In class, we discussed our feelings and ideas about the terrace. For me, more seating seemed to be the most necessary arrangement to get people to come here casually in bigger numbers. Ideally, we would have nice seating, but to keep it simple I thought of something light weight and simple that people can use and drag around. While they wouldn’t be the most comfortable, as a simple and short term solution I think it might work. It depends on what the people in the community want from the space, of course. As for specific uses of the space for children, I myself do not have any concrete ideas and possibly will not until we discuss it further. The chalkboard sounded like a good idea if done in a way to minimize inappropriate use. The terrace also seems like a nice, mini place to play soccer if someone brought their ball.
After seating, lighting if possible would be an important step. I’m not sure how feasible this would be, but I do like the ideas which we were shown that previous placemaking classes came up with, such as string lights. String lights are not very durable, though, but they are usually easy to install and take down as well as cheap. I might be wrong about the cost, though, because I am thinking of the United States after Christmas sales. I can’t wait to get to the terrace and begin the work to make the improve the terrace.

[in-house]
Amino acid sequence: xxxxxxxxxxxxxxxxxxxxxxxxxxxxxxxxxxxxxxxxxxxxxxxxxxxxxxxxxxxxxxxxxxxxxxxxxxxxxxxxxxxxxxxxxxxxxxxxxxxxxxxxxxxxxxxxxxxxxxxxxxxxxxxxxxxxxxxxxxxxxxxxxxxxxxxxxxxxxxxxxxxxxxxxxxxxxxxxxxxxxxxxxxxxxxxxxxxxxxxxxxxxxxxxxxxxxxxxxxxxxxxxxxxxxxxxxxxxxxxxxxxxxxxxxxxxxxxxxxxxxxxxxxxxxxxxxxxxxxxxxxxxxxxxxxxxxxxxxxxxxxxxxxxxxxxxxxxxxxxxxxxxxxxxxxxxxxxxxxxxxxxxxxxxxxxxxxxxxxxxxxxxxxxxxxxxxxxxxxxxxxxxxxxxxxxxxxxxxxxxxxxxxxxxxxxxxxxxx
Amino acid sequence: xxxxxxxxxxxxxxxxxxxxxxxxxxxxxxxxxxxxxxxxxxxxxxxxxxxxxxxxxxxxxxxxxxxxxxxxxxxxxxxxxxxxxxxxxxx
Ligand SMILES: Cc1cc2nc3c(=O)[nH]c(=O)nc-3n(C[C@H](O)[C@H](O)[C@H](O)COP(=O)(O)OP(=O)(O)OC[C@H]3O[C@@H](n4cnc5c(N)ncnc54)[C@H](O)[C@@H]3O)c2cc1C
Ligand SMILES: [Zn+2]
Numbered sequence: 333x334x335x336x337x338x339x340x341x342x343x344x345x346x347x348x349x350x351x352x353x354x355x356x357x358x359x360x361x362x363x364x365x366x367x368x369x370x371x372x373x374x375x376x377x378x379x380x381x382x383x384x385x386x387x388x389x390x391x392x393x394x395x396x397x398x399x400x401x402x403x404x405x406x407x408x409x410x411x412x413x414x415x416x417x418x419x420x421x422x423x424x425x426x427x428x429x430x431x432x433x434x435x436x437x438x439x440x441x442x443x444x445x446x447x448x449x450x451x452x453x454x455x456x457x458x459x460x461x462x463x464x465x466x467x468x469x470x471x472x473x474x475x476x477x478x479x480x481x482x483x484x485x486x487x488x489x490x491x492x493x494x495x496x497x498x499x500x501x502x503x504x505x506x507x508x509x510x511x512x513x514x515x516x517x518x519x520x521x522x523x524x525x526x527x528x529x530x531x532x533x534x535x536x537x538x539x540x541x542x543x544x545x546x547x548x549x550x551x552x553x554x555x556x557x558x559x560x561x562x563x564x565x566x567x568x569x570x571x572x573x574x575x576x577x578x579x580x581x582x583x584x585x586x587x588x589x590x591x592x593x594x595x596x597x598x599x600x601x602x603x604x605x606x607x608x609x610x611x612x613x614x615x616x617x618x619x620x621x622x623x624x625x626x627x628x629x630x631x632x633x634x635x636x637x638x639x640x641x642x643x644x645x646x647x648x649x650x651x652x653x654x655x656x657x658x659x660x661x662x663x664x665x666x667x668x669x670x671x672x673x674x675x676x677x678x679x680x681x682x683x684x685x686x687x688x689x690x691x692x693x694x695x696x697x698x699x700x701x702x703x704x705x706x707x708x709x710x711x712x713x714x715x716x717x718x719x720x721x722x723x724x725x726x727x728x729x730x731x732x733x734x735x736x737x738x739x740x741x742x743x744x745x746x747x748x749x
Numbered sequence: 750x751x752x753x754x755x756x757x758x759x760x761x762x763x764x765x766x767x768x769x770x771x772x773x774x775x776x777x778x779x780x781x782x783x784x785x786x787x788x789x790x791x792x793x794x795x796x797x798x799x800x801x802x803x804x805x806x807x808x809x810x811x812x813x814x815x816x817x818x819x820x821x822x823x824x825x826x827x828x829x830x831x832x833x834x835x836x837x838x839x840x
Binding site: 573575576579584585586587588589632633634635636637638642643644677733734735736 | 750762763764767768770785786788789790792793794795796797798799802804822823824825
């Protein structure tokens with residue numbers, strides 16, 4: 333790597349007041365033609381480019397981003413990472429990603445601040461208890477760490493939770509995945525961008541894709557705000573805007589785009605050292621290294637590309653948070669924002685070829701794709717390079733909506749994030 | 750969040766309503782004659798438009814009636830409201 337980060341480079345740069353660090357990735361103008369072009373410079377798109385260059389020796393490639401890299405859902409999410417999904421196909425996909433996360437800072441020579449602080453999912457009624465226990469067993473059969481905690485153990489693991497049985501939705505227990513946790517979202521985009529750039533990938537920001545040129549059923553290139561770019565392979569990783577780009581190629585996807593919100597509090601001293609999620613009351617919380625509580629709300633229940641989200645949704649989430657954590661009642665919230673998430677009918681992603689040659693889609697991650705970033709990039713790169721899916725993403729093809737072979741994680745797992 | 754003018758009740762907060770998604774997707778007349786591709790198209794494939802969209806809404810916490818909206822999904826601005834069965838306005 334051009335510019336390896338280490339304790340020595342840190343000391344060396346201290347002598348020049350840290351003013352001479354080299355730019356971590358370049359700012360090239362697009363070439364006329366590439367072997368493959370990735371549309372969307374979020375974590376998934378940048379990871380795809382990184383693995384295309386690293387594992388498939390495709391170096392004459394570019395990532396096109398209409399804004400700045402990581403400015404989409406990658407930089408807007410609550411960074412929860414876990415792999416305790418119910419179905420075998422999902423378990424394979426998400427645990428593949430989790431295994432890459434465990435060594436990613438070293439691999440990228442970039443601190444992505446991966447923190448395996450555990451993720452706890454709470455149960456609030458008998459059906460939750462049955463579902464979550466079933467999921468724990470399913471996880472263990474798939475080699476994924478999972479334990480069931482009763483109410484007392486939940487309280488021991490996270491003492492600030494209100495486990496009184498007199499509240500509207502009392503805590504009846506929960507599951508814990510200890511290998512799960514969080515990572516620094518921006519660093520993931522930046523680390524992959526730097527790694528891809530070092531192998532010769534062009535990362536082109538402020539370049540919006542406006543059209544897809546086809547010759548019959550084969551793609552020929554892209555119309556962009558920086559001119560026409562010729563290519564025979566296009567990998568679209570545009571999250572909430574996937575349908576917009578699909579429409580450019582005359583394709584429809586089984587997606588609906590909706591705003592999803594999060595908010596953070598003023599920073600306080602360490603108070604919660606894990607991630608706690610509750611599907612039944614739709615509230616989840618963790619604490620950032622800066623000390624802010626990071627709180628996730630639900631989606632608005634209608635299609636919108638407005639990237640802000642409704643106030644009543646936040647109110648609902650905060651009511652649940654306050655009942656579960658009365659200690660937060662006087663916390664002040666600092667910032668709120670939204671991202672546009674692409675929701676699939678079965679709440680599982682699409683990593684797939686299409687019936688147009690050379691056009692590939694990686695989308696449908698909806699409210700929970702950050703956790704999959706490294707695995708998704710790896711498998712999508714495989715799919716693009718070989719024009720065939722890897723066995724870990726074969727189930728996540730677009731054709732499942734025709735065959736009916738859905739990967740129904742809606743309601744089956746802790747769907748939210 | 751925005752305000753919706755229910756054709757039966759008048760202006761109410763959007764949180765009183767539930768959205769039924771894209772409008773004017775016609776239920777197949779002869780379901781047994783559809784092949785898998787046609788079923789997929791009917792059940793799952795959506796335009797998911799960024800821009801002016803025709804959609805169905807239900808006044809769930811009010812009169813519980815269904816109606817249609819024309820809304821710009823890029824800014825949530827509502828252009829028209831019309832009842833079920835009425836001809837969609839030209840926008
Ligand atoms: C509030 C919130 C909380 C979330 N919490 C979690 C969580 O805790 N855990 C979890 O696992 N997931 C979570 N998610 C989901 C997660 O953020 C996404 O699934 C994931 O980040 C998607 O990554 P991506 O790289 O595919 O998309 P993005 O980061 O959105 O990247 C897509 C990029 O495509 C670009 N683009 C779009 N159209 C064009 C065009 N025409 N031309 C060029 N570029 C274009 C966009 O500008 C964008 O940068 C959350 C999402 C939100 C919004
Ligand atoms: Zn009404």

We also discussed the article by Anirban Adhya, a critical analysis of Jane Jacobs. While I am not well versed in the subject, I can see how complex the issues and theories are behind placemaking. One frustrating part of this is that placemaking, or aspects of it, feels like it should be common sense especially for people whose living depends on making spaces for people. Academic pretentiousness seen in some of the anecdotes frustrates me. We ignore “common” people when they’re often the most effected by “academic” choices, whether negatively or positively. They should have a say in these things, and academics need to acknowledge that informal, untrained people can have important things to say without the degree or the training, especially relating to the urban environment where they live.